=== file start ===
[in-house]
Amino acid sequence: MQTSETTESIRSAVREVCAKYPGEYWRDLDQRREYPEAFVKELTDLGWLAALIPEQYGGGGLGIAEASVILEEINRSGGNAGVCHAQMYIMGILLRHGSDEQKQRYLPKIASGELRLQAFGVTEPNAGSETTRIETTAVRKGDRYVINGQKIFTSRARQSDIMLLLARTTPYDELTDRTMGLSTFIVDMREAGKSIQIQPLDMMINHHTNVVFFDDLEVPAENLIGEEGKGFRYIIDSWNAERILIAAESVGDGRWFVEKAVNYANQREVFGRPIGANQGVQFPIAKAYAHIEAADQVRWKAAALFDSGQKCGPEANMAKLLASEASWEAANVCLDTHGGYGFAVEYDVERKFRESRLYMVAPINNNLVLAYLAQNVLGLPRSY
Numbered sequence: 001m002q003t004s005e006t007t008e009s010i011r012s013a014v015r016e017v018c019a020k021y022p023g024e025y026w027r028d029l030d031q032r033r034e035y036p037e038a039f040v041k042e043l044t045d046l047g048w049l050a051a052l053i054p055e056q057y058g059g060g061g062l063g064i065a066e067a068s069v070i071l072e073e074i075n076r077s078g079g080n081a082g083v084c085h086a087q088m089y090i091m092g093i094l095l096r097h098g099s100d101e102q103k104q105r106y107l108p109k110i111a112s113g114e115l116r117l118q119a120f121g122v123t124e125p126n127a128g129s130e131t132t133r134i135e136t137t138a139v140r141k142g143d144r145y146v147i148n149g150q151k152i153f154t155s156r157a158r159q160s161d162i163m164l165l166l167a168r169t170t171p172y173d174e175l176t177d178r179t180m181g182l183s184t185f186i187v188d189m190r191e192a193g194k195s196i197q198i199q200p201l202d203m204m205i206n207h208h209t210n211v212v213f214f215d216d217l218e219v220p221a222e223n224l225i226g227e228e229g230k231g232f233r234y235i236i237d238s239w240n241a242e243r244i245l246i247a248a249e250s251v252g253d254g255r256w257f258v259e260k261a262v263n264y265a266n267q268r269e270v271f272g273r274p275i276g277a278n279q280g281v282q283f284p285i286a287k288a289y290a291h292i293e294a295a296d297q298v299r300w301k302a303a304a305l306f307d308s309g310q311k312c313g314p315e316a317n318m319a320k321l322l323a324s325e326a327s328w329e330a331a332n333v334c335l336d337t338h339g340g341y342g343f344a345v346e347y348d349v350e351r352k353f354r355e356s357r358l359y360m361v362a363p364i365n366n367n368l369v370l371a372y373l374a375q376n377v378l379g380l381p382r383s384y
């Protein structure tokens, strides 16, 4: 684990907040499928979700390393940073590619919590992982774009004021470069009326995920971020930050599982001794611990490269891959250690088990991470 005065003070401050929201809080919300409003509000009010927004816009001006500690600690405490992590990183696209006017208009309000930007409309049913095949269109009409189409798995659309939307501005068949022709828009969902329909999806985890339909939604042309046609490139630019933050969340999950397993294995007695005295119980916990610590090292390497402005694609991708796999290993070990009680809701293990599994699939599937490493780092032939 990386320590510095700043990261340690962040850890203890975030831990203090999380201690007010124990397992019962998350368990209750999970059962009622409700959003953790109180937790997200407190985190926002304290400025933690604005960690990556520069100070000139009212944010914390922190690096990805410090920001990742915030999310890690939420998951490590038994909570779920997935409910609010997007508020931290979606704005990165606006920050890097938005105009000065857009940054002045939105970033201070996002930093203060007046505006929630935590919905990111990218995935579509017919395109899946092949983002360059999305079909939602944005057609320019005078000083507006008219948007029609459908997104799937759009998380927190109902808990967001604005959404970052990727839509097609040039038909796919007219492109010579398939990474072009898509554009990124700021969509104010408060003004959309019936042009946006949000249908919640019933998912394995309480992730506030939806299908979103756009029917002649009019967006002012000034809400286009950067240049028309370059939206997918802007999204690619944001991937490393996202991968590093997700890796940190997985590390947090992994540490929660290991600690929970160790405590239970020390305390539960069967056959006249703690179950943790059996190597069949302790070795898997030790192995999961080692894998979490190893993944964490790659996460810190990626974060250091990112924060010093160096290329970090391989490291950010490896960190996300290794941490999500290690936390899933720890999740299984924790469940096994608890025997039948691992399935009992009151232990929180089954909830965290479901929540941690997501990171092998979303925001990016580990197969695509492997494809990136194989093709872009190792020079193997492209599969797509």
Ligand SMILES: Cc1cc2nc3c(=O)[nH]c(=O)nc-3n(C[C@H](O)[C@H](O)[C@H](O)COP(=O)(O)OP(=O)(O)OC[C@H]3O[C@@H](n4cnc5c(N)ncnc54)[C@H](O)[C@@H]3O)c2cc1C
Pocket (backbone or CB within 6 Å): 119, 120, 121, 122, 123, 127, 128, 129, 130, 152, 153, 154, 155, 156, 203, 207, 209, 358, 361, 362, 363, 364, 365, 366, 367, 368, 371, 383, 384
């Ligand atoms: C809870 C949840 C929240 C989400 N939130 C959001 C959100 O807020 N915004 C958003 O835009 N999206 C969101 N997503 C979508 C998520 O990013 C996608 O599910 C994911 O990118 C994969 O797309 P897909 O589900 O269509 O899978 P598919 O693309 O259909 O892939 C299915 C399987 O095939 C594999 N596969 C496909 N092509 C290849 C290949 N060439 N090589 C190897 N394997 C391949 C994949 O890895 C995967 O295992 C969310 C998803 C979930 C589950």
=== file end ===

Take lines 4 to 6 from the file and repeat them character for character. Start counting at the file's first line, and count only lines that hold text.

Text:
């Protein structure tokens, strides 16, 4: 684990907040499928979700390393940073590619919590992982774009004021470069009326995920971020930050599982001794611990490269891959250690088990991470 005065003070401050929201809080919300409003509000009010927004816009001006500690600690405490992590990183696209006017208009309000930007409309049913095949269109009409189409798995659309939307501005068949022709828009969902329909999806985890339909939604042309046609490139630019933050969340999950397993294995007695005295119980916990610590090292390497402005694609991708796999290993070990009680809701293990599994699939599937490493780092032939 990386320590510095700043990261340690962040850890203890975030831990203090999380201690007010124990397992019962998350368990209750999970059962009622409700959003953790109180937790997200407190985190926002304290400025933690604005960690990556520069100070000139009212944010914390922190690096990805410090920001990742915030999310890690939420998951490590038994909570779920997935409910609010997007508020931290979606704005990165606006920050890097938005105009000065857009940054002045939105970033201070996002930093203060007046505006929630935590919905990111990218995935579509017919395109899946092949983002360059999305079909939602944005057609320019005078000083507006008219948007029609459908997104799937759009998380927190109902808990967001604005959404970052990727839509097609040039038909796919007219492109010579398939990474072009898509554009990124700021969509104010408060003004959309019936042009946006949000249908919640019933998912394995309480992730506030939806299908979103756009029917002649009019967006002012000034809400286009950067240049028309370059939206997918802007999204690619944001991937490393996202991968590093997700890796940190997985590390947090992994540490929660290991600690929970160790405590239970020390305390539960069967056959006249703690179950943790059996190597069949302790070795898997030790192995999961080692894998979490190893993944964490790659996460810190990626974060250091990112924060010093160096290329970090391989490291950010490896960190996300290794941490999500290690936390899933720890999740299984924790469940096994608890025997039948691992399935009992009151232990929180089954909830965290479901929540941690997501990171092998979303925001990016580990197969695509492997494809990136194989093709872009190792020079193997492209599969797509």
Ligand SMILES: Cc1cc2nc3c(=O)[nH]c(=O)nc-3n(C[C@H](O)[C@H](O)[C@H](O)COP(=O)(O)OP(=O)(O)OC[C@H]3O[C@@H](n4cnc5c(N)ncnc54)[C@H](O)[C@@H]3O)c2cc1C
Pocket (backbone or CB within 6 Å): 119, 120, 121, 122, 123, 127, 128, 129, 130, 152, 153, 154, 155, 156, 203, 207, 209, 358, 361, 362, 363, 364, 365, 366, 367, 368, 371, 383, 384